@laurenelizasmith01 I was about the same age when my IBS started and finally 40 years later it resolved after it defining my life all of those years.

    When 63 with poor health already my health really started to crater and I could feel life slipping away faster and faster. Then I was faced with starting an Rx med that was going to help with pain in the short run but not better health in the long run so I decided to go with a radical move in my case. I decided to finally change my Way Of Eating since I was dying anyway.

    This is not something most are willing to do that ask me how did I as an old man get my health back on a more positive track after 40 years of failing health. I do not know if what I did will work a stranger or not but here is what I did hoping to prevent our 16 years old kids watch me slip away wondering if that was their future as well.

    On a hunch I cut out all foods containing added sugars and or any form of any grain. The first two weeks was pure hell and I wondered if I was going to die but I did know carbs are not required to stay alive. After two weeks my insane cravings of a lifetime just started to fade fast and my reward was my pain was dropping like a rock for the first time in 40 years. At the time I was clueless to why my move from high carb high fat to low carb high fat was working.

    About 6 months in it hit me I was going to the bathroom on my terms instead of the terms of my IBS.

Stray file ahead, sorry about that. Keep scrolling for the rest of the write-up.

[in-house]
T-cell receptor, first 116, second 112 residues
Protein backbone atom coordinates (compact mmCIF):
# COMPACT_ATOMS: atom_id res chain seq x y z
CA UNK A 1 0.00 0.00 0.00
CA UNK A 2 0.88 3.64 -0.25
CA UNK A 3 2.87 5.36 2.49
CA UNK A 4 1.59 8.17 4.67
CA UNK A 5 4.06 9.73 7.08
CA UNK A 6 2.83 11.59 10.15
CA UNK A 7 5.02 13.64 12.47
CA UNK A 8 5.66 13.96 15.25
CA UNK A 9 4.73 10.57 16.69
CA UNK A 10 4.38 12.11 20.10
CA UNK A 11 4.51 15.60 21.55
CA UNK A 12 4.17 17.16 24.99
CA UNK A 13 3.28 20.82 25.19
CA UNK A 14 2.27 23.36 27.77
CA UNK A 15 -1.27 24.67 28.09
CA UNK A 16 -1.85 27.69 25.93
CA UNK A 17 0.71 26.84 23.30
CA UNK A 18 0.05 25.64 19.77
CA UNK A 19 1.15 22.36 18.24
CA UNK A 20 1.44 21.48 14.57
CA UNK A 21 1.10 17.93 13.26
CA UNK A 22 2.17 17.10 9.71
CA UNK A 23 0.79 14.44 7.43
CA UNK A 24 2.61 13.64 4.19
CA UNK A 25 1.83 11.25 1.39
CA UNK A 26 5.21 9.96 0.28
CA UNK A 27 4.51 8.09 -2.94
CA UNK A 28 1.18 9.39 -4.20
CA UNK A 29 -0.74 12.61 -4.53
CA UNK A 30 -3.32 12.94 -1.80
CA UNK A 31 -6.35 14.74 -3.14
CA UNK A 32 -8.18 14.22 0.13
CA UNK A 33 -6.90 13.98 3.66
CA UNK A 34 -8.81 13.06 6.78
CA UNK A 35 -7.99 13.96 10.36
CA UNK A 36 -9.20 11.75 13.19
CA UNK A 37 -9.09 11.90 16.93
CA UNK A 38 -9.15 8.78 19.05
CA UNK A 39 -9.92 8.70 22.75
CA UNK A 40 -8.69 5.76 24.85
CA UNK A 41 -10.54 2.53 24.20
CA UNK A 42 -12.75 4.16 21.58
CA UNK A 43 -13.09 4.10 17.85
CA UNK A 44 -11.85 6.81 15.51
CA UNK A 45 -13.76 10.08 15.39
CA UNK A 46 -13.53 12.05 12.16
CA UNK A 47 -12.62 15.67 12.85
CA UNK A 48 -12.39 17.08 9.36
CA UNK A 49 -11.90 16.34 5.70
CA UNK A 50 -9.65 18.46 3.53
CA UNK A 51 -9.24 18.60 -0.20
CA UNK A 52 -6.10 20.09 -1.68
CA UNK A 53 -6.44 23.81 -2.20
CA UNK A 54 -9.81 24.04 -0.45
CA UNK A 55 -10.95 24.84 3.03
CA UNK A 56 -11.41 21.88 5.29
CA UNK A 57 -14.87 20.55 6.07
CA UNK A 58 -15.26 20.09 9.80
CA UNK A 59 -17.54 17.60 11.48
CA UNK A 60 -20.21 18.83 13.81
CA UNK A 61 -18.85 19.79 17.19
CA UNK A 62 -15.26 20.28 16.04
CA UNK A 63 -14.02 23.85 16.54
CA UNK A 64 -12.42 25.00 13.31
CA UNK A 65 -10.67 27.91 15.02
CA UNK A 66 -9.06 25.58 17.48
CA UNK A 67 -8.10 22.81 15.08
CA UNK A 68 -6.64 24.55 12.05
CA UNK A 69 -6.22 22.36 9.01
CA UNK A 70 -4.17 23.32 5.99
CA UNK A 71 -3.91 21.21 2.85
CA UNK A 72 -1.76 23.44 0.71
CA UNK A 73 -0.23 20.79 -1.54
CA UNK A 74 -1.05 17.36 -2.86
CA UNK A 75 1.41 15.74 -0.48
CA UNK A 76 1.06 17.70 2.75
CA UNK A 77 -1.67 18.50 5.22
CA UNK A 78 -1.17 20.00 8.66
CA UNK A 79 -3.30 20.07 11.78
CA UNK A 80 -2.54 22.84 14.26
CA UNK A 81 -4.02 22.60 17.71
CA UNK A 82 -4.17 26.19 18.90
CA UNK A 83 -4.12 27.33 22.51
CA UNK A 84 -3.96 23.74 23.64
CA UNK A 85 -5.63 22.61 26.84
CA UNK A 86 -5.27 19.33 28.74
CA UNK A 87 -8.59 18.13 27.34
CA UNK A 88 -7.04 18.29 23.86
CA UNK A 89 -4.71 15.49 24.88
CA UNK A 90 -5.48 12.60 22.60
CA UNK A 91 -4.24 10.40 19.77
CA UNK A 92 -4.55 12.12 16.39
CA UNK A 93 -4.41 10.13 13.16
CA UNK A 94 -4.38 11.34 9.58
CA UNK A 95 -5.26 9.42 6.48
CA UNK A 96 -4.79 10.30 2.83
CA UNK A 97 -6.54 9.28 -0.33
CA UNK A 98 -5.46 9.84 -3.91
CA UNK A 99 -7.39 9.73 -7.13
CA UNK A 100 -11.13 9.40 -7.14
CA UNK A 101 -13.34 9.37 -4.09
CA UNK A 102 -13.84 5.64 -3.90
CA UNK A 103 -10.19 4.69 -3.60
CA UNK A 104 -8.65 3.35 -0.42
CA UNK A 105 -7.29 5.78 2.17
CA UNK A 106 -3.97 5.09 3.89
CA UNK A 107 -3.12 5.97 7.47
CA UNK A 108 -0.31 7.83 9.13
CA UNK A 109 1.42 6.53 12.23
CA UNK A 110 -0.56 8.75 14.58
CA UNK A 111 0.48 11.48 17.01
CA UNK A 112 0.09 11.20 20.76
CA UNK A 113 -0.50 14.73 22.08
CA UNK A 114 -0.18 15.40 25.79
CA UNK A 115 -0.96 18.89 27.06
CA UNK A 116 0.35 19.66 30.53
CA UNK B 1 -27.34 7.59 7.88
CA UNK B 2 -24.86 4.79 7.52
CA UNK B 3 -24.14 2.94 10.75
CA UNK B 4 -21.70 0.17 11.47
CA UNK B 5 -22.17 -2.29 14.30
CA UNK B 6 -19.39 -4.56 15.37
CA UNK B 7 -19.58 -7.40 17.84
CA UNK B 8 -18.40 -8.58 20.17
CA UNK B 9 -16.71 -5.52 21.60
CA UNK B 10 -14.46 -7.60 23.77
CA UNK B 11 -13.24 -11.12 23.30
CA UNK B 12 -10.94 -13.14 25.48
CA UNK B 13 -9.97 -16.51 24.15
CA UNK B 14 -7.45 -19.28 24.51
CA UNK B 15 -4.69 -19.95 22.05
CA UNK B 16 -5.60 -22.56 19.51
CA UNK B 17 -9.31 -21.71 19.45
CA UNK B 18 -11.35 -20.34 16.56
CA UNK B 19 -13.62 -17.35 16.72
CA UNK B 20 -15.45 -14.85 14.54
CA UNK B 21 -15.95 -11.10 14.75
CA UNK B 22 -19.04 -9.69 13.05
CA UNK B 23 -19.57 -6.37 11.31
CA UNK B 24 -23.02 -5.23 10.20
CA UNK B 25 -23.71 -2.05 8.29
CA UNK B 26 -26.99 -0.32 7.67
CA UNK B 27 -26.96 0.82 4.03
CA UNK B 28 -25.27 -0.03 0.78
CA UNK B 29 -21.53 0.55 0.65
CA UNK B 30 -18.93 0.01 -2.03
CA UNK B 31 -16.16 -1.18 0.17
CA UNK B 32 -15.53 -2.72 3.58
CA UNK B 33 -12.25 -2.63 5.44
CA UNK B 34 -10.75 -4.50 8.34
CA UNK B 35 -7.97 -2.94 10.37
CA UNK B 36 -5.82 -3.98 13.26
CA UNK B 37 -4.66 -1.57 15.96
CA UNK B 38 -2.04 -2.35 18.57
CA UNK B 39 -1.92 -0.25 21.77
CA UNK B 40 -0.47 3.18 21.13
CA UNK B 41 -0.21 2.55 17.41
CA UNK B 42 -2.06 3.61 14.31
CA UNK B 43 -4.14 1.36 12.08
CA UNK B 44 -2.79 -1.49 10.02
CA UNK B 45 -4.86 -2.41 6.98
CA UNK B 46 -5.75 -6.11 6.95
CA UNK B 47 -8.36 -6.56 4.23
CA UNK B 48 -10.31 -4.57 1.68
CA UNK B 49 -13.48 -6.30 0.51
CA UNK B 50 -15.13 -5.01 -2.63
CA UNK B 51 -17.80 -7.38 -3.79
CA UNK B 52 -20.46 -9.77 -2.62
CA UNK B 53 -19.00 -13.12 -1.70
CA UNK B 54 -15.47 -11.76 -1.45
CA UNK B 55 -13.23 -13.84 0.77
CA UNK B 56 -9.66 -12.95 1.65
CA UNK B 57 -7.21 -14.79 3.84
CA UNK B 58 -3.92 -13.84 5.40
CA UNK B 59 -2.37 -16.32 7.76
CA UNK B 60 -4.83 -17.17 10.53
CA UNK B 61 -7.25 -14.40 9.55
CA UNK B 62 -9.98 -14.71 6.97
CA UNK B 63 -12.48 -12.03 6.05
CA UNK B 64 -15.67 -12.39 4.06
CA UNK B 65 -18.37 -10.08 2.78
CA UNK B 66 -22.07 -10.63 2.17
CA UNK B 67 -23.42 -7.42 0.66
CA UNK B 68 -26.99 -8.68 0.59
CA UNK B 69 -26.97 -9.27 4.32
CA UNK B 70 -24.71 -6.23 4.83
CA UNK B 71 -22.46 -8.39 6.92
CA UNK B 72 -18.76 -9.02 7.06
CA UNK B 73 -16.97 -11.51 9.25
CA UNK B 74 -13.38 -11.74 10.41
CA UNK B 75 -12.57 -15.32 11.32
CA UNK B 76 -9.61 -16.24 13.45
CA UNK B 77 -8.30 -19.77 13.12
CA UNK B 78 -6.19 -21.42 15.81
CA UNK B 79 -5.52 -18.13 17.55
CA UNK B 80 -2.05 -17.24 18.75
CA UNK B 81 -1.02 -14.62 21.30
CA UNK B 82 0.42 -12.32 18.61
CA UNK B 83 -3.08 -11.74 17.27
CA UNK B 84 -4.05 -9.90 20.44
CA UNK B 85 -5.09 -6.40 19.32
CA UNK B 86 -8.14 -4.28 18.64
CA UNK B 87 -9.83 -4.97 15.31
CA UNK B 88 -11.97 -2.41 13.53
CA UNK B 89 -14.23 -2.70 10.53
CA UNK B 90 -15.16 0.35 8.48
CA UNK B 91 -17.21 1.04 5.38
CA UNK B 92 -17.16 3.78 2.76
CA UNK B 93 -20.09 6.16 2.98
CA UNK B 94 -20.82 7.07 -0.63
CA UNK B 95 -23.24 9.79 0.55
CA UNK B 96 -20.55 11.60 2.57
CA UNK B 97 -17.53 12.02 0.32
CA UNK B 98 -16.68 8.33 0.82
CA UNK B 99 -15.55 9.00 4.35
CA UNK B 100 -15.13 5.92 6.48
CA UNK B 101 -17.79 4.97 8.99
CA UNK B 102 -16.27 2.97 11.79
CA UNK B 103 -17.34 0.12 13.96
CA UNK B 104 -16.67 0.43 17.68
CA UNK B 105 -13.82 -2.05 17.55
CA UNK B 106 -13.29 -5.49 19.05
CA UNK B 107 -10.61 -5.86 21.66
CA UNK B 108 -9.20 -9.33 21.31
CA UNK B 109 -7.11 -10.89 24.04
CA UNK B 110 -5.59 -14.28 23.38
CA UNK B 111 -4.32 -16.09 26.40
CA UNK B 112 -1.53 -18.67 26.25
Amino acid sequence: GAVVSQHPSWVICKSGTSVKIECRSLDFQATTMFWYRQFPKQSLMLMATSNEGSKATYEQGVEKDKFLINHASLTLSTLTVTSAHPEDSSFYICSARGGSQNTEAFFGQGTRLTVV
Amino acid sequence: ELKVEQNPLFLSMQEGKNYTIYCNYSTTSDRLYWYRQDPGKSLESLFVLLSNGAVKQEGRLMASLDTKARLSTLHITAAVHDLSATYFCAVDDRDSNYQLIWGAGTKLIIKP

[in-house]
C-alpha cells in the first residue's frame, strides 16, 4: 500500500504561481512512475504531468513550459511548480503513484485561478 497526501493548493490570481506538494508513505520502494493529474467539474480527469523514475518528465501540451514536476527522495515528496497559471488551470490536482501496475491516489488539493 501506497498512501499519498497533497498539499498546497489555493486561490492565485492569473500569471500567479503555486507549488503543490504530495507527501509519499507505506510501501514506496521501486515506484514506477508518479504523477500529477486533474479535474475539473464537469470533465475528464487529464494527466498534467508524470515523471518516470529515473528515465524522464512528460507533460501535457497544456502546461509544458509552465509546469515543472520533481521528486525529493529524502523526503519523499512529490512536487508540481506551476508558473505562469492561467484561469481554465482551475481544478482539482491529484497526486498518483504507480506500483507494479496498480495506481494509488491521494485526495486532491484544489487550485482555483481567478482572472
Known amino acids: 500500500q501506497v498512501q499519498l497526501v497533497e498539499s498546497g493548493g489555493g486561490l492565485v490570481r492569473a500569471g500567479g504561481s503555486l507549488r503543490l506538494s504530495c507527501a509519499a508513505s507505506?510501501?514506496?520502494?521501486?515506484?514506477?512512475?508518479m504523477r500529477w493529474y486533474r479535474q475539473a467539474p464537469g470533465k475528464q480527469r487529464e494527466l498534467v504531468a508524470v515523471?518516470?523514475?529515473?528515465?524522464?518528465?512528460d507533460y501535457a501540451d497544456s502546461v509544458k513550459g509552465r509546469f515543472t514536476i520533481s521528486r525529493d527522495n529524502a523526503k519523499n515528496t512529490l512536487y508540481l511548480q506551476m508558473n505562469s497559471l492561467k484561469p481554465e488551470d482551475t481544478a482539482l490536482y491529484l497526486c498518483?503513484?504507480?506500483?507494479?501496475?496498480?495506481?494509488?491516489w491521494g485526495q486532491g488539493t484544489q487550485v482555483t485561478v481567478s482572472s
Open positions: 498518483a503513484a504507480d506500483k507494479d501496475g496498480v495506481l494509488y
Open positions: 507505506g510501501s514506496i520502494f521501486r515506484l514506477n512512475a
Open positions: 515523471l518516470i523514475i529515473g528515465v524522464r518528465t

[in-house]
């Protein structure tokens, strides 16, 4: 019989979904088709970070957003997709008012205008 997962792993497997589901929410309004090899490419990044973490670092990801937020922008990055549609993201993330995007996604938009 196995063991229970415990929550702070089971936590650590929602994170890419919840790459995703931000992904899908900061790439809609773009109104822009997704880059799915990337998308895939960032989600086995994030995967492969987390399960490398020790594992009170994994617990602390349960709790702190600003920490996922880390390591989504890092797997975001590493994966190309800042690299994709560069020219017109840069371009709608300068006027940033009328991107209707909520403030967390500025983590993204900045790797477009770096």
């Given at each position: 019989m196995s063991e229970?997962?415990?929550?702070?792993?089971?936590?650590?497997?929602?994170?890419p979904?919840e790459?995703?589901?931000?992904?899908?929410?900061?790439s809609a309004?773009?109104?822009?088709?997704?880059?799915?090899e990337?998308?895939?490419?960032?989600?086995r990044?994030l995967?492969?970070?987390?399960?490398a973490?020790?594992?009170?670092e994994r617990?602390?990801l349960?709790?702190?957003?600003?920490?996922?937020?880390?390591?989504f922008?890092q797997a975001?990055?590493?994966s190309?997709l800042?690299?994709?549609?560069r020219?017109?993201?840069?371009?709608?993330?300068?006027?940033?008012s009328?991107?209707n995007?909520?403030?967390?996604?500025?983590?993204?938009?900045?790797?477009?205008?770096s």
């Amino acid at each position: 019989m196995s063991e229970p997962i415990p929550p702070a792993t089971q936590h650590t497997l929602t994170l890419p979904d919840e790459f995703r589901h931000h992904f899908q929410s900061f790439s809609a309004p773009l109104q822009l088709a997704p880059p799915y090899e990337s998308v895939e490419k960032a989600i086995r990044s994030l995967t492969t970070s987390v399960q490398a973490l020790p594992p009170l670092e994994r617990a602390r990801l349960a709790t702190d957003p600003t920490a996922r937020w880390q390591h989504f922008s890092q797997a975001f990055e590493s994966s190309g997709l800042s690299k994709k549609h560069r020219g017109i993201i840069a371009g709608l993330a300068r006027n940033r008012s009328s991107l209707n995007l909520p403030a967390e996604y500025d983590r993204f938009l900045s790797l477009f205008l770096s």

Now in 2019 I still eat LCHF. Health and health markers are better than 30 years ago.

    Where my Way Of Eating is right or wrong for you I do not know. What I do know if you too can find a WOE that will make IBS go away for the rest of your life then life will be better for you. I now realize my WOE was a factor in driving my Ankylosing Spondylitis for the past 50 years.

    Please keep in mind the below article is not something I suggest you DO but I do suggest you read it. Today is the first time I have seen this article but recovering my gut microbiome I now know was key to my good pain management and health recovery. 5 years later I still eat high calorie as I did when losing the 50 pounds and maintaining that loss for the last 4 years.

    https://healthline.com/nutrition/microbiome-diet
    The Microbiome Diet: Can It Restore Your Gut Health?

    IBS can only exist if we have a lot of inflammation going on. How to make the inflammation go away to never return is not the same for everyone so it will take some trial and error on your part. I have not had one day of IBS in charge of my life in well over 4 years now. Read about body inflammation and figure out what works for YOUR body. The 'opinions' of me and others are not what you need to hear. YOUR own body will tell you its 'opinion' on what you eat. Listen to it because it does not want IBS any more than you do.

    Best of continued success in life.